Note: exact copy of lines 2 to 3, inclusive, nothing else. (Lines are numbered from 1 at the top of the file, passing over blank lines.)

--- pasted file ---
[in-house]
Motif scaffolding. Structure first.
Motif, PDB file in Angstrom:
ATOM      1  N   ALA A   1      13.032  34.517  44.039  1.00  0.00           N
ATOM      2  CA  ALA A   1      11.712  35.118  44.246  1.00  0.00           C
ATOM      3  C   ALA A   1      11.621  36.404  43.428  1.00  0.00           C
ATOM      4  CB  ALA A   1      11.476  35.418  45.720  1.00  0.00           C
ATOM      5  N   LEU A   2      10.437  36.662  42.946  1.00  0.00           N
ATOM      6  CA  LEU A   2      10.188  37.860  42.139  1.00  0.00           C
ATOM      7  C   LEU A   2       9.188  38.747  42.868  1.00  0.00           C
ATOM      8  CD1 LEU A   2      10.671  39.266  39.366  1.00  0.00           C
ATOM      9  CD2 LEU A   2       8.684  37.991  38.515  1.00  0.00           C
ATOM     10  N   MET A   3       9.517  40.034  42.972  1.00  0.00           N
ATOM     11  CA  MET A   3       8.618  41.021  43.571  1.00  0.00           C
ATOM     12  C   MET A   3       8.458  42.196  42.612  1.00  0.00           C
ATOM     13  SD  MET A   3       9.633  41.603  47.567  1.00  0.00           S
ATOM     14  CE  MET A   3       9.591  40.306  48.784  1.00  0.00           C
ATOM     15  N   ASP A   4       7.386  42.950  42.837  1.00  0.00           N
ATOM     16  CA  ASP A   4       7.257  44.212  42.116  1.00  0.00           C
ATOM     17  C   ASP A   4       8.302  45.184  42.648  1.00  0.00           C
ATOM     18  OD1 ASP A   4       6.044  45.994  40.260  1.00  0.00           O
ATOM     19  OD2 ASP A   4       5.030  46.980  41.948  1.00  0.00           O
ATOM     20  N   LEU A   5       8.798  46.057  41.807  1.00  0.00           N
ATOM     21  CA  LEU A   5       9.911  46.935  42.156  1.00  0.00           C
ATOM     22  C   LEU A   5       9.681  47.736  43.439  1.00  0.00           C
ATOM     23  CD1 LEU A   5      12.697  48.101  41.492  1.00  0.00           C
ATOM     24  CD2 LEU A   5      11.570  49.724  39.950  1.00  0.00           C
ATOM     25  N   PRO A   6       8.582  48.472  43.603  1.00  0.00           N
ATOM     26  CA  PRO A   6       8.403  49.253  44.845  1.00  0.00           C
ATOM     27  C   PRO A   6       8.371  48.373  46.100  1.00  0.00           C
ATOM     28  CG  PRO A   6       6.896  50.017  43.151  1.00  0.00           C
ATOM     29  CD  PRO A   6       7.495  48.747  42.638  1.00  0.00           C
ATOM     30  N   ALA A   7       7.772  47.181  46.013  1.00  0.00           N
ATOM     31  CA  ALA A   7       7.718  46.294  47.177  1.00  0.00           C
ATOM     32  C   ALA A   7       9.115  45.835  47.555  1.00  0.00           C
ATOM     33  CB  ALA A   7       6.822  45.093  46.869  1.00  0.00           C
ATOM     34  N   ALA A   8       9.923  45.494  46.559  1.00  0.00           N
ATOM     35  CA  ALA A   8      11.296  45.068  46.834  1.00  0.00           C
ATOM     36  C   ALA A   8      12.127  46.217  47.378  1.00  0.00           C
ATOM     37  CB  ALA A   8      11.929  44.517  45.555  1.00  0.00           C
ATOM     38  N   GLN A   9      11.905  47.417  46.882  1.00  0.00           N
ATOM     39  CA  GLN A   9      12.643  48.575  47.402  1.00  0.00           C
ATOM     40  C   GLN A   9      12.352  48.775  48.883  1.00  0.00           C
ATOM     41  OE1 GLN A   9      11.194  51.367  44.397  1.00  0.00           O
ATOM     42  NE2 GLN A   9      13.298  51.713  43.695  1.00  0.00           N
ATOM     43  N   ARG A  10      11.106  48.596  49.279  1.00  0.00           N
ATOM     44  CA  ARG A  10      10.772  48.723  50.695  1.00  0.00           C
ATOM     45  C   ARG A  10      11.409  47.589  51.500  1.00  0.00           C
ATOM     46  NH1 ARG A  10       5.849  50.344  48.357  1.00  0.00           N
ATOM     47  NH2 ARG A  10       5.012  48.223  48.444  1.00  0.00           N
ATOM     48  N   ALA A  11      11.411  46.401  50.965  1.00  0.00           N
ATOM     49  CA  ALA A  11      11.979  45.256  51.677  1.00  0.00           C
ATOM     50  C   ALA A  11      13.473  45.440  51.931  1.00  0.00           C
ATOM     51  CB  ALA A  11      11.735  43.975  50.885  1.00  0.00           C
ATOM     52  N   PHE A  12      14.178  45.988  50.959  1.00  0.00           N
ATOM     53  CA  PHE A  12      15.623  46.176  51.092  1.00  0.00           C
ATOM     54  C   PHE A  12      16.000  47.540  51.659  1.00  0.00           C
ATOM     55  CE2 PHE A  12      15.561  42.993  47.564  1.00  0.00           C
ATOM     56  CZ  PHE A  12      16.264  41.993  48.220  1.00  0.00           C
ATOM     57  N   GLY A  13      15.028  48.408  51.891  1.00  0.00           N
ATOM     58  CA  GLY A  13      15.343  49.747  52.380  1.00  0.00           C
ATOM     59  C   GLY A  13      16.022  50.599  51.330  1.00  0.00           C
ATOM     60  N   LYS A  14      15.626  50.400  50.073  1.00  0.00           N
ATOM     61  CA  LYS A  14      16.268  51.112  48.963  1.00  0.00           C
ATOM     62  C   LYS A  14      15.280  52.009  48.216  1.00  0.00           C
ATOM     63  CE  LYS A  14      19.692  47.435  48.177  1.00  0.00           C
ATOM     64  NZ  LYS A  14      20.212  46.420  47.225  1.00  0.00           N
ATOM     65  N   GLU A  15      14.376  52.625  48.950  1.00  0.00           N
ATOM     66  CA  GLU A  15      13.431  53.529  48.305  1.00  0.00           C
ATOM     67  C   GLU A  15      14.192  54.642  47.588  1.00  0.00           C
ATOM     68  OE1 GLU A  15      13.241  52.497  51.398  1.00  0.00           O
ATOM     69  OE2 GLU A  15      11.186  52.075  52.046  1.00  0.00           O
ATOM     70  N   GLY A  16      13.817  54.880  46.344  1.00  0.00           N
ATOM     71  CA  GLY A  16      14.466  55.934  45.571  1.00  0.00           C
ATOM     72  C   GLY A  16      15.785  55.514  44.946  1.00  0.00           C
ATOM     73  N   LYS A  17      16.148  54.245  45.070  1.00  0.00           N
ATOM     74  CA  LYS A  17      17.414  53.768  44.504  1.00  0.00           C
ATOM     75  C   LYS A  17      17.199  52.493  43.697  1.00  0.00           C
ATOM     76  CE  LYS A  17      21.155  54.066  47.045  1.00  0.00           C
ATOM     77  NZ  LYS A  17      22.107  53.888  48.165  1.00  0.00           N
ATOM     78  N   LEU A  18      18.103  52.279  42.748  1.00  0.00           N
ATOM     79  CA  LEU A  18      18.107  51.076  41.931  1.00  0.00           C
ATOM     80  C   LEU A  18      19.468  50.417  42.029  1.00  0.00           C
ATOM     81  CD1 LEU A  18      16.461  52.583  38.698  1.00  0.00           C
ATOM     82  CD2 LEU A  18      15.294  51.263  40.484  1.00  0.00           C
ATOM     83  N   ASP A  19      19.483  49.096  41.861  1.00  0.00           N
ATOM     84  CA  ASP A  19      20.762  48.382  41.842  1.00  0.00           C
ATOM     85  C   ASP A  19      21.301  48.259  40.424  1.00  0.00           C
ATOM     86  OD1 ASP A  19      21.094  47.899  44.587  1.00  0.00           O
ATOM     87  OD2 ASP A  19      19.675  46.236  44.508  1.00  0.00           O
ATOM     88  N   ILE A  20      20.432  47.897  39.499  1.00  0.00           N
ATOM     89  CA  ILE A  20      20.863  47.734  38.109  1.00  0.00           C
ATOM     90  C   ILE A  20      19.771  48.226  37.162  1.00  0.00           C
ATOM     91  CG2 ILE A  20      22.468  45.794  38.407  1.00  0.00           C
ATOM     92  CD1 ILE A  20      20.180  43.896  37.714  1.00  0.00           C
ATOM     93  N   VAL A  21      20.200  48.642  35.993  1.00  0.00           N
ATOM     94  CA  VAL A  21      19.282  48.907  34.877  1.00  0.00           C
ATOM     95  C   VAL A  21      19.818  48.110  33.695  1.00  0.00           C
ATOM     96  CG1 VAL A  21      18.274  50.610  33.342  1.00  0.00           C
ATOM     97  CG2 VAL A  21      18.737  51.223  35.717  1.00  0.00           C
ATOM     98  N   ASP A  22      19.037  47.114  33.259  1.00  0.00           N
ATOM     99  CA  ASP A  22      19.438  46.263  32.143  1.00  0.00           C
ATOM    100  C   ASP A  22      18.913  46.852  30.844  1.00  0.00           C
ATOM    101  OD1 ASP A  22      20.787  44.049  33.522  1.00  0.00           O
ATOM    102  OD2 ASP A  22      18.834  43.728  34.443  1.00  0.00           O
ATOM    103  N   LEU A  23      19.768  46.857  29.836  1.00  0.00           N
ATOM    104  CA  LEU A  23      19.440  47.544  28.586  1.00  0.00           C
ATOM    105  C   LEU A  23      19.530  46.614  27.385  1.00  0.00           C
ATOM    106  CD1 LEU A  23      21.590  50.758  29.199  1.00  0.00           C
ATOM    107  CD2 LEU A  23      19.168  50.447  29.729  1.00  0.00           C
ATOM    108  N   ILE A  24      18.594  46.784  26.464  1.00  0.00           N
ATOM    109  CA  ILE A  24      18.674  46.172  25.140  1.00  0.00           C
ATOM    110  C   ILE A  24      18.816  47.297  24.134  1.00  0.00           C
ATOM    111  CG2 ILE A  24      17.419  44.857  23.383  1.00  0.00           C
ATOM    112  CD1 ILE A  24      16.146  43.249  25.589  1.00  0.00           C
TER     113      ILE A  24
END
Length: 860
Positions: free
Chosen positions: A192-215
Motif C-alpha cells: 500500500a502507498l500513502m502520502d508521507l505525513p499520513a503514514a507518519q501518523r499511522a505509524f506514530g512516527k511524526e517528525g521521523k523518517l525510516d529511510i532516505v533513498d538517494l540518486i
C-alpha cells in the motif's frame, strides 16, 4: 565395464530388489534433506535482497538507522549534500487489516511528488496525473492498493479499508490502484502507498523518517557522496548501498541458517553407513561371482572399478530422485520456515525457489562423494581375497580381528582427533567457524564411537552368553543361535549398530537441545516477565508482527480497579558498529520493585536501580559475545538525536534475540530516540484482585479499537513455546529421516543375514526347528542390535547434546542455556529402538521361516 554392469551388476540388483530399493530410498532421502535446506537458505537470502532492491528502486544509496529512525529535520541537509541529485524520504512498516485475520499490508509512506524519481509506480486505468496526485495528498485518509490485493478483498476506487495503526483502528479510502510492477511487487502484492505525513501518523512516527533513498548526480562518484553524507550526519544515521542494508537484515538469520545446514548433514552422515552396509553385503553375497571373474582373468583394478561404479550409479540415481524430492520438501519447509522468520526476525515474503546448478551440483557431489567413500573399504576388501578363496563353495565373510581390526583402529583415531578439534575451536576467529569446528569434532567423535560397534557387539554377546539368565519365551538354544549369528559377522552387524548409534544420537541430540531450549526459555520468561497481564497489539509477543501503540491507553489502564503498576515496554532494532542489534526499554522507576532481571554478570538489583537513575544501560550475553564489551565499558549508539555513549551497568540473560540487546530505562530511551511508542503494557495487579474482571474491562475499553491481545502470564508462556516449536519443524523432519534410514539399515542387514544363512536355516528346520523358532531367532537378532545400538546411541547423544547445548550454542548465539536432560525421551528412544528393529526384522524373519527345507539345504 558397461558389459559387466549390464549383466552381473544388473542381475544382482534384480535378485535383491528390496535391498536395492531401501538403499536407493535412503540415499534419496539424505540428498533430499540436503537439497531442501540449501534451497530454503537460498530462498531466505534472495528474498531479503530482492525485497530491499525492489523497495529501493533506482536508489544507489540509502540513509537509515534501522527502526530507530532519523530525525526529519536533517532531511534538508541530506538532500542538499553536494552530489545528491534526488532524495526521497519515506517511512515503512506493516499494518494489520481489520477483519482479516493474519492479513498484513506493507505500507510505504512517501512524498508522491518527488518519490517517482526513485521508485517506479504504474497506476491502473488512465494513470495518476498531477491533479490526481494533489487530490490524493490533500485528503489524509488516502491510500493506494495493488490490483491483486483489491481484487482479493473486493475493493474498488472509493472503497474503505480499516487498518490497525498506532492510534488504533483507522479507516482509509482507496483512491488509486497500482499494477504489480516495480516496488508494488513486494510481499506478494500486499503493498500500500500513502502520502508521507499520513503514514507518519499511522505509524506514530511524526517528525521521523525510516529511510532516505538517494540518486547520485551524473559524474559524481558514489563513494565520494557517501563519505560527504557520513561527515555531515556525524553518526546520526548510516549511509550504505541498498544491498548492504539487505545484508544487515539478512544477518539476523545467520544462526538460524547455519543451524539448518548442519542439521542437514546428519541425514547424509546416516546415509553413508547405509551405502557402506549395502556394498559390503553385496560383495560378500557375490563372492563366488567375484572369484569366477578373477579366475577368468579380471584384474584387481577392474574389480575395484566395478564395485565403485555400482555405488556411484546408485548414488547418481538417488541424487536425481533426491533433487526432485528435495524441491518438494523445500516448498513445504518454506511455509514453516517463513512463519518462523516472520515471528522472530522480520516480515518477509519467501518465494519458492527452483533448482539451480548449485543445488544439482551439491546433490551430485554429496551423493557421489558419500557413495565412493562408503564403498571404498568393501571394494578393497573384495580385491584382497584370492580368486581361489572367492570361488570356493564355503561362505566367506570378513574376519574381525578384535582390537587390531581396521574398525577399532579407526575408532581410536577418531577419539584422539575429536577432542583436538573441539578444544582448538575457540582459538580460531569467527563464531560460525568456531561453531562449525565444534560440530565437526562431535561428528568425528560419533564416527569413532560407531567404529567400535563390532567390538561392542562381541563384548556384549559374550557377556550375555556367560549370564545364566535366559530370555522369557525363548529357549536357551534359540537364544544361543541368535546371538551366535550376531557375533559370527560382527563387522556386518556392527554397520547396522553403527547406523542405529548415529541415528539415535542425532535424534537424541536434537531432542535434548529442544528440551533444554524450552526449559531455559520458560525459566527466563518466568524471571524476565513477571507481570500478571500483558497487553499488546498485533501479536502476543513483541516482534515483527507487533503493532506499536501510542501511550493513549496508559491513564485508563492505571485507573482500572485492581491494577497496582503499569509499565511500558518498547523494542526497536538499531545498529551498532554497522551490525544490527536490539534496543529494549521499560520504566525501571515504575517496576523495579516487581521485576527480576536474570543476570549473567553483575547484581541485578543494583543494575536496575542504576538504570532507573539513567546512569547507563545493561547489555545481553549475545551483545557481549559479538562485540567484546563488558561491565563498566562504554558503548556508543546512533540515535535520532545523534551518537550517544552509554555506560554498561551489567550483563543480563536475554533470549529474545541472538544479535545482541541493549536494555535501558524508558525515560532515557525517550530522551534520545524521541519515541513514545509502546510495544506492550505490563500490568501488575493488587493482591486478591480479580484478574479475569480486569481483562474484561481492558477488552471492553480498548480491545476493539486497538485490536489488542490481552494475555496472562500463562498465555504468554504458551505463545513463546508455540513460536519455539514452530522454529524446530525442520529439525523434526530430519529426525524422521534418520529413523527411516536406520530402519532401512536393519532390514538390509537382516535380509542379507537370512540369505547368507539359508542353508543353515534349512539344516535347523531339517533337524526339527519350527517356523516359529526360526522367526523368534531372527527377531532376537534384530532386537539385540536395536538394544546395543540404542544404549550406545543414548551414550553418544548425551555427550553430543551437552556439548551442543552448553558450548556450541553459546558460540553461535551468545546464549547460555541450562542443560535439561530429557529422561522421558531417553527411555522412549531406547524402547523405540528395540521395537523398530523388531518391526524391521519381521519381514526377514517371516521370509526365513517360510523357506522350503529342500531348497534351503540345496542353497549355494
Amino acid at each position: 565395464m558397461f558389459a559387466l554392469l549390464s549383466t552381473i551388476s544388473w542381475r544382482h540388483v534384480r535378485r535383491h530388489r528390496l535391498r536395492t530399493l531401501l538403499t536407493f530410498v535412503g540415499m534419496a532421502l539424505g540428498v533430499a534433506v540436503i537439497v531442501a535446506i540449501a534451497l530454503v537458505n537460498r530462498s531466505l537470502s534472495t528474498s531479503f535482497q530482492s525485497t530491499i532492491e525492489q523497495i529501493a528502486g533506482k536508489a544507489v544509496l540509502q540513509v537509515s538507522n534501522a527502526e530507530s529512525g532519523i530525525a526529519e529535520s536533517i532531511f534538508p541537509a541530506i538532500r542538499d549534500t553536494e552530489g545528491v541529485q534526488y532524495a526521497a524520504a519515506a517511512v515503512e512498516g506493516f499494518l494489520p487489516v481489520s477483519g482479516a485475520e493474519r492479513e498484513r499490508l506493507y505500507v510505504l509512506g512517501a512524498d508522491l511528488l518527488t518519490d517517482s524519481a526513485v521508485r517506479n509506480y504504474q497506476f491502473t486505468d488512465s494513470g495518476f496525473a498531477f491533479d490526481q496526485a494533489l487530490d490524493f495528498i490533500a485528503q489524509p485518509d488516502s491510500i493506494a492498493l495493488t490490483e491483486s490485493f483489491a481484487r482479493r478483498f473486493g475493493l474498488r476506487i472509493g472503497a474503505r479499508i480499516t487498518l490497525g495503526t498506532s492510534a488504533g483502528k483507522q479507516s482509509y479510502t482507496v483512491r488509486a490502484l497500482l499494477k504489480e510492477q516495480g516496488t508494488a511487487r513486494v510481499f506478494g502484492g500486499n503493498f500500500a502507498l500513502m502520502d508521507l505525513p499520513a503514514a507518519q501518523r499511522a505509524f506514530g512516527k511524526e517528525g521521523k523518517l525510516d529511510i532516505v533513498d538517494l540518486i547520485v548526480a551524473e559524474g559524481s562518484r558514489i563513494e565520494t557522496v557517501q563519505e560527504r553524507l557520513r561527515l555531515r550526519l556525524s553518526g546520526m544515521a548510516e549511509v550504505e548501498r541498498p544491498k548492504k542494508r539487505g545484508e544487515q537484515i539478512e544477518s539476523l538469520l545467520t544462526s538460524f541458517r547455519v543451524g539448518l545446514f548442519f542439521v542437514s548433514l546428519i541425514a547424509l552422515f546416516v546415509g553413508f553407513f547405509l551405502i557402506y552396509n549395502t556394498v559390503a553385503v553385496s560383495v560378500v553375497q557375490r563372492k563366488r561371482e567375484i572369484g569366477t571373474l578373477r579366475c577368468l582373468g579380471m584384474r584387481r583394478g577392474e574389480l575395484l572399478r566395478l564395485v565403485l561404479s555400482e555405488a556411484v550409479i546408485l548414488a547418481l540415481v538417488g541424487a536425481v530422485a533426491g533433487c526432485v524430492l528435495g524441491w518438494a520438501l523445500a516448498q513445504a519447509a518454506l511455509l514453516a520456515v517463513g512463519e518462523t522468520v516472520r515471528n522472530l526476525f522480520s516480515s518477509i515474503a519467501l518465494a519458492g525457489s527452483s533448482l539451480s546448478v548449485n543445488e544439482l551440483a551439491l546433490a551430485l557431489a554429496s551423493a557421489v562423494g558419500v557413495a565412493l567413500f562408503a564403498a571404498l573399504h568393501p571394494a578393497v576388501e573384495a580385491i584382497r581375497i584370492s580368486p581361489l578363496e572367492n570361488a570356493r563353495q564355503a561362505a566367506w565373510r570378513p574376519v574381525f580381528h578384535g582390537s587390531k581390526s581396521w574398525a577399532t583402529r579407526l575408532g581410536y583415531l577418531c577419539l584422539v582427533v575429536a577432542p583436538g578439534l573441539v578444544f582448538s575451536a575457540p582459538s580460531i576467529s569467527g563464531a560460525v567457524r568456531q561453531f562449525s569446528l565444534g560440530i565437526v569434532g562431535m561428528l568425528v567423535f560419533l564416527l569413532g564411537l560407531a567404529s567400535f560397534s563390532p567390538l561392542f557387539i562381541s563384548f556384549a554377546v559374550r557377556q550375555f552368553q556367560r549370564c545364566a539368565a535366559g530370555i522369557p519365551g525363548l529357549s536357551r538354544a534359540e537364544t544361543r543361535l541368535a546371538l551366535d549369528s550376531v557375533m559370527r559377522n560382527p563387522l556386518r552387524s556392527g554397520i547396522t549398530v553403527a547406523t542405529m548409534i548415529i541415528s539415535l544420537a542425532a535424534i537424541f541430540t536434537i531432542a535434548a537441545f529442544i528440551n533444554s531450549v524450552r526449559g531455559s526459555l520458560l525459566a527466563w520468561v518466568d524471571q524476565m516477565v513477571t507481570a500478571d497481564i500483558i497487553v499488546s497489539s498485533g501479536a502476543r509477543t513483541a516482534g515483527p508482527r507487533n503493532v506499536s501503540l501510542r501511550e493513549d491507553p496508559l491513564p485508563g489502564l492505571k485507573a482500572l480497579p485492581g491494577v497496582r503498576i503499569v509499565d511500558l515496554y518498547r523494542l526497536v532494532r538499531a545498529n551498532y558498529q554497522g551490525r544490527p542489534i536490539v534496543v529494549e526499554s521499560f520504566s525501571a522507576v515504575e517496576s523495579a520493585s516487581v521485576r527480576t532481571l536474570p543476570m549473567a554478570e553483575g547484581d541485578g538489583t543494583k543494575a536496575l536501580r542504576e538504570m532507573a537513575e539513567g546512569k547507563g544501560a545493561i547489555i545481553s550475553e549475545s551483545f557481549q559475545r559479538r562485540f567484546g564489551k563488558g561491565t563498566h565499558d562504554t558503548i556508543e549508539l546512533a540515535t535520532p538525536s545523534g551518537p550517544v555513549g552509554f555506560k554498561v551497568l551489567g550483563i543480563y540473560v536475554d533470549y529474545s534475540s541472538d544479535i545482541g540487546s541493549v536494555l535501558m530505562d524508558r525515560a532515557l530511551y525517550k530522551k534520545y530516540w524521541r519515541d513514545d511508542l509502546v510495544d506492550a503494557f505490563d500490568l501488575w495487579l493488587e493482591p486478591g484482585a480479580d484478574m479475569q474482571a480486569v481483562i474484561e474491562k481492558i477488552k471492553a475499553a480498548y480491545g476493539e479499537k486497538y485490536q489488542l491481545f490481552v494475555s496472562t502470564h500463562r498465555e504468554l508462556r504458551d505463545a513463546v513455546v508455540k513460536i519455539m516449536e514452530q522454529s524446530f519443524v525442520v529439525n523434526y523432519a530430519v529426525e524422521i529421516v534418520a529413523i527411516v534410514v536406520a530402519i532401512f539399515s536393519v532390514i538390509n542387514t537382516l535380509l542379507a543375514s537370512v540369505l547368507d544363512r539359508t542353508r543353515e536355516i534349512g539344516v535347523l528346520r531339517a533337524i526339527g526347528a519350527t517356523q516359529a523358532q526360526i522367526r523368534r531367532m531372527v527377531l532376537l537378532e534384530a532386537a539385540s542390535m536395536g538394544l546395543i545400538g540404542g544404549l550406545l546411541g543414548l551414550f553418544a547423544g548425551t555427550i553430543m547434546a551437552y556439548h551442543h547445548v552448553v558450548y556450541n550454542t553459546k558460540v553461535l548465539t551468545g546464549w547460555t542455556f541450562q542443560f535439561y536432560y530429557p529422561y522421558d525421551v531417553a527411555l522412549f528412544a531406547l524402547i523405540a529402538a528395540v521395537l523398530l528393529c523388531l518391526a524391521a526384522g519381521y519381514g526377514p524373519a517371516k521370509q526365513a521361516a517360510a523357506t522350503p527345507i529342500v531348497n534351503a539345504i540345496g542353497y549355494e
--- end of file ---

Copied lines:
Motif scaffolding. Structure first.
Motif, PDB file in Angstrom: